Airports have enough trouble accommodating the flood of passengers hitting the skies during the Thanksgiving travel rush. Soon, this headache could become more than an annual occurrence: Some airports will face this every week.

The most alarming projection: in 2015 Chicago Midway and Las Vegas’s McCarran International Airport will feel like the Wednesday before Thanksgiving every day.

Data from the U.S. Travel Association show what U.S. airports are on the path to longer lines and more frustrated travelers, and the findings come from 30 U.S. airports accounting for more than 70 percent of passenger plane boardings in 2013.

Since 2012, Chicago and Las Vegas have had one day a week face the same volume as the day before Thanksgiving, and two days a week since last year.

“Midway has been able to accommodate this growth in recent years and we believe it can continue to do so as long as our airline and airport partners keep working to invest in new technologies and improvements to our facilities,” said Gregg Cunningham, a spokesperson for Chicago’s department of aviation which manages Midway Airport.

Almost half, 13, of the airports examined already experience Thanksgiving-like congestion levels at least one day every week, an increase from six in last year’s study.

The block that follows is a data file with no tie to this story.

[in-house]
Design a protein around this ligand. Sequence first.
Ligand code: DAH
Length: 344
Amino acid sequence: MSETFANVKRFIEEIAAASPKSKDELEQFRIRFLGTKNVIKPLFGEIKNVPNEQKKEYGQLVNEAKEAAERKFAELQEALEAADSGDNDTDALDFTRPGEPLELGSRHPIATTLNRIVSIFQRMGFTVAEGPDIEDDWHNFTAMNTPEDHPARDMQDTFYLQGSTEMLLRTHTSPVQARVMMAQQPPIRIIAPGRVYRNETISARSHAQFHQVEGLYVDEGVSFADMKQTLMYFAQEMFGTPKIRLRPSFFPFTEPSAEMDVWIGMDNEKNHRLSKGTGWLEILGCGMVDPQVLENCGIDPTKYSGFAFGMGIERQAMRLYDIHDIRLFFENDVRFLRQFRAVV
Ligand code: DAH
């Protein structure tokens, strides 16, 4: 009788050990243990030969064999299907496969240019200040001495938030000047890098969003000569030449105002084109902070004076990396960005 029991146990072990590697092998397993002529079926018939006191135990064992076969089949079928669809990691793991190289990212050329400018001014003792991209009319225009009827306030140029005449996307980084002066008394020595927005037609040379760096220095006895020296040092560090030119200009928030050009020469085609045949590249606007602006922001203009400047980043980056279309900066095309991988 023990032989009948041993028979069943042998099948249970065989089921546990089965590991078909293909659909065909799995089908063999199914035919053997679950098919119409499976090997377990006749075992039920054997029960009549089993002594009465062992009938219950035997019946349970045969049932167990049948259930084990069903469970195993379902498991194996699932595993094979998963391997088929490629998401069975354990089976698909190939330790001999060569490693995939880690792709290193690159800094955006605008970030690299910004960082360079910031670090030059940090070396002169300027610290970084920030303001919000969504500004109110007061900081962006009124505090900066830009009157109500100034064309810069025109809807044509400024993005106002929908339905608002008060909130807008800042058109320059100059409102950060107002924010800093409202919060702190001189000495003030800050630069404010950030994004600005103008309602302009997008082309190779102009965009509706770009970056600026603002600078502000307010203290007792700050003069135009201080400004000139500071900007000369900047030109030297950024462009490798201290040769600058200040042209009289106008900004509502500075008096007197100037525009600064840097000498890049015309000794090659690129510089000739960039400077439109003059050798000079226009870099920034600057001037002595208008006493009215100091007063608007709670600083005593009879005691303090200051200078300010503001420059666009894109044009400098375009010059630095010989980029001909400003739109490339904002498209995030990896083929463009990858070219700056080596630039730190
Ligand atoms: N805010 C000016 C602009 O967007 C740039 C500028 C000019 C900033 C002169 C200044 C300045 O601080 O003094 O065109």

All 30 airports will reach their Thanksgiving peak on an average of one day per week within the next six years.

This year, Boston’s Logan airport, along with New York-JFK airport and Miami already experience a Thanksgiving-like rush one day a week. Next year, airports such as Washington-Dulles, Phoenix Sky Harbor, and Philadelphia will experience this one day a week, and Newark, Honolulu and Baltimore-Washington airports will have a Thanksgiving-like rush two days a week.

“With the upcoming reauthorization of the Federal Aviation Administration (FAA) bill, there is a real opportunity to address these issues with one solution we and many other major airports and industry associations have been advocating for,” said Cunningham.

“This is to increase the cap on the passenger facility charge (PFC), which has remained at $4.50 for over 14 years. Uncapping the PFC will provide the financial resources needed at the local level to undertake airport construction projects that enhance capacity and efficiency.”

Within the next decade, 27 of the top 30 U.S. airports will experience Wednesday before Thanksgiving congestion two days each week. For 20 of these airports, this will happen in the next five years.

By 2030, 20 of these will feel the Thanksgiving-rush every day.

Airports That Will Experience a Thanksgiving-like Rush Two Days a Week and When

Airport2 Days a WeekChange in years from 2011 forecast +/-
Chicago Midway20132
Las Vegas McCarran Intl20133
Orlando20141
Honolulu20151
Newark20158
Baltimore-Washington20154
Boston20164
Portland20162
Seattle20163
Salt Lake City20164
San Diego20160
New York JFK2017-2
Miami20170
Washington Dulles20172

Source: U.S. Travel Association

Photo Credit: Passengers wait to check into flights at Fort Worth Meacham International Airport. Jaysin Trevino / Flickr